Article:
In their seminal 1986 book, The Psychology of Sales Call Reluctance, George Dudley and Shannon Goodson proposed that the primary cause of call reluctance is fear of self-promotion.

“Some people are natural promoters,” says the book’s abstract. “They are born with the instinct to self-promote. For others, often the most loyal, motivated, and deserving, self-promotion is emotionally difficult. They are rendered invisible by a spirit-crushing condition of fear of self-promotion.” 

The seeds of this condition are often complex, deep-seated, and murky. Nevertheless, by facing this fear and developing a greater sense of self-worth, most salespeople can overcome it. 

5. Lack of Confidence or Self-Esteem 

Self-perception varies greatly from person to person, and successful salespeople come in many forms. 

But the truth is, if individuals don’t feel good about themselves or their abilities, they are probably less likely to engage in productive sales activities. 

Perhaps they were put down in the past, or they are working for a manager who belittles them and undermines their confidence. These issues may be deep-rooted in a salesperson’s personality or they could occur due to organizational dynamics. 

Either way, emotional challenges such as these can put the brakes on any promising sales career. Even if you genuinely believe in what you’re selling, it takes a lot of courage to reach out to a complete stranger. Without that level of bravery, salespeople don’t have a leg to stand on. 

6. Lack of Preparation or Training 

You can’t just throw someone into the deep end and expect them to swim. It takes time and patience to develop talent and confidence. Salespeople who feel unprepared or undertrained may be hesitant to make calls, since they don’t have the knowledge or skills to succeed.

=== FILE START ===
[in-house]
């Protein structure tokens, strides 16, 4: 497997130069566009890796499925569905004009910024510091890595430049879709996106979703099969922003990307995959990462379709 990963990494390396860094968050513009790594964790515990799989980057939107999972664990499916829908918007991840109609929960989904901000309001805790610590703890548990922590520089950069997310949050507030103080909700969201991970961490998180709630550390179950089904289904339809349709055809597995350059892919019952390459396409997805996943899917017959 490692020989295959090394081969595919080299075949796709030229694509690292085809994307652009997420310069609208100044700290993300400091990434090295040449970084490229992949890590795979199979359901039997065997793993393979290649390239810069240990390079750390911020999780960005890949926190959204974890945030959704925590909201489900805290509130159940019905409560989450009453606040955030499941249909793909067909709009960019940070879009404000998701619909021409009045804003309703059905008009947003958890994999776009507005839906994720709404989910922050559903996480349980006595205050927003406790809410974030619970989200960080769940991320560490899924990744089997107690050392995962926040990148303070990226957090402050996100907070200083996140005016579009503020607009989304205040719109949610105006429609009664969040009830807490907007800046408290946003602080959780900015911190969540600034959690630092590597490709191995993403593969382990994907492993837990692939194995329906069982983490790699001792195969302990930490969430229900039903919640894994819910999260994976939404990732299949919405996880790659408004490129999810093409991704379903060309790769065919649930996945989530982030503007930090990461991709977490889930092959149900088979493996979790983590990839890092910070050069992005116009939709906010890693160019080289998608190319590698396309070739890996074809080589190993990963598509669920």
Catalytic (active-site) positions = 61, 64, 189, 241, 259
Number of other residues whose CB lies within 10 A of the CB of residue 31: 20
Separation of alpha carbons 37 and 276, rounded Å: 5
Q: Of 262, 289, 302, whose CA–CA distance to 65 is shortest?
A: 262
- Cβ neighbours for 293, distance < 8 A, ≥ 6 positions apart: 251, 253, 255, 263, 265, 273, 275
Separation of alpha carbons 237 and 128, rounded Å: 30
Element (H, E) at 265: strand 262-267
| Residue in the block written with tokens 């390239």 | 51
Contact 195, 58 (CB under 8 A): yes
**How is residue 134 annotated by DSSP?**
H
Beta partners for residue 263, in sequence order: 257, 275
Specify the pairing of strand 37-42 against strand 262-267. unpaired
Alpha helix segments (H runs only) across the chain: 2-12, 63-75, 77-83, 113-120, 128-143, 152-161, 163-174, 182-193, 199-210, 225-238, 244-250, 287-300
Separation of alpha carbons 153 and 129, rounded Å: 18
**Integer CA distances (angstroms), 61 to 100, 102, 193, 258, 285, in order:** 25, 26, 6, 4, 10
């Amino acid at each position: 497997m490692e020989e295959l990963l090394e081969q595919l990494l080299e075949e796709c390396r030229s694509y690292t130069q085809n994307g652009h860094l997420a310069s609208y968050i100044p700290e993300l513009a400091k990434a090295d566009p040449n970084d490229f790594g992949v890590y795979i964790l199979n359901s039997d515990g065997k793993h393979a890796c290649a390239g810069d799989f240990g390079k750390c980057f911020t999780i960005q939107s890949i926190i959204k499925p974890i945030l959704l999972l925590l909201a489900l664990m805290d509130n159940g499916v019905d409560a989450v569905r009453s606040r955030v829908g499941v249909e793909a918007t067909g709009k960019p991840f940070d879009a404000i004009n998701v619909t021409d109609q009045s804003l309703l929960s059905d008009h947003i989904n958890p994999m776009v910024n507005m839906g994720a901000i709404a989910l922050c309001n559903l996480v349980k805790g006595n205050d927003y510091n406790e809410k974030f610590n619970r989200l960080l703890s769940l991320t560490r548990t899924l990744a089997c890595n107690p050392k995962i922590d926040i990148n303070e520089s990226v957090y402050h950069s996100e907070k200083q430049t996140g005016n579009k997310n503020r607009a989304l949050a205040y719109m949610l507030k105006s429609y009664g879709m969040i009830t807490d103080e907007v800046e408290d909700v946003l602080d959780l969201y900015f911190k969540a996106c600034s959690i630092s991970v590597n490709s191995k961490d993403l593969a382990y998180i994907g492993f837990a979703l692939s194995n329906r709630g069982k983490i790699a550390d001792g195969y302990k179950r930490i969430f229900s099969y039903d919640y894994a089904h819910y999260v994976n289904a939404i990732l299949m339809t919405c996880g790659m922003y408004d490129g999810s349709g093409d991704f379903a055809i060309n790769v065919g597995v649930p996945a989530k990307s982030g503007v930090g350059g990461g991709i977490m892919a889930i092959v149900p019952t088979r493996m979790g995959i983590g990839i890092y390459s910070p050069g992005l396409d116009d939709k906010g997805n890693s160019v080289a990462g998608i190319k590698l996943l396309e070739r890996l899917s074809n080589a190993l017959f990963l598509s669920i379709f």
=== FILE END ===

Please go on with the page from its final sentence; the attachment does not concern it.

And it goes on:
Companies should plan on taking time at the beginning of a new team member’s career to properly train them on all aspects of the organization, products, and sales processes. It’s only fitting to show your employees the ropes before they take to the open seas alone. 

7. Negative Past Experiences 

Most of us have experienced trauma at some point in our lives. Suppose a salesperson has had negative experiences in the past, such as being berated by a potential client or criticized by a supervisor in front of their peers. In that case, they may be hesitant to make calls in the future. 

If this is the case, it’s important to discuss these experiences with a colleague, supervisor, or mental health professional who can help to brainstorm potential ways to move past these difficult memories. We all go through loss and failure along our journey, but with the proper support, it doesn’t have to hold us back forever. 

8. Perfectionism 

While setting high expectations is a healthy habit for any salesperson, an attachment to perfectionism will ultimately limit productivity over time. Some individuals may feel they need everything in order before making a call, leading to procrastination and avoidance.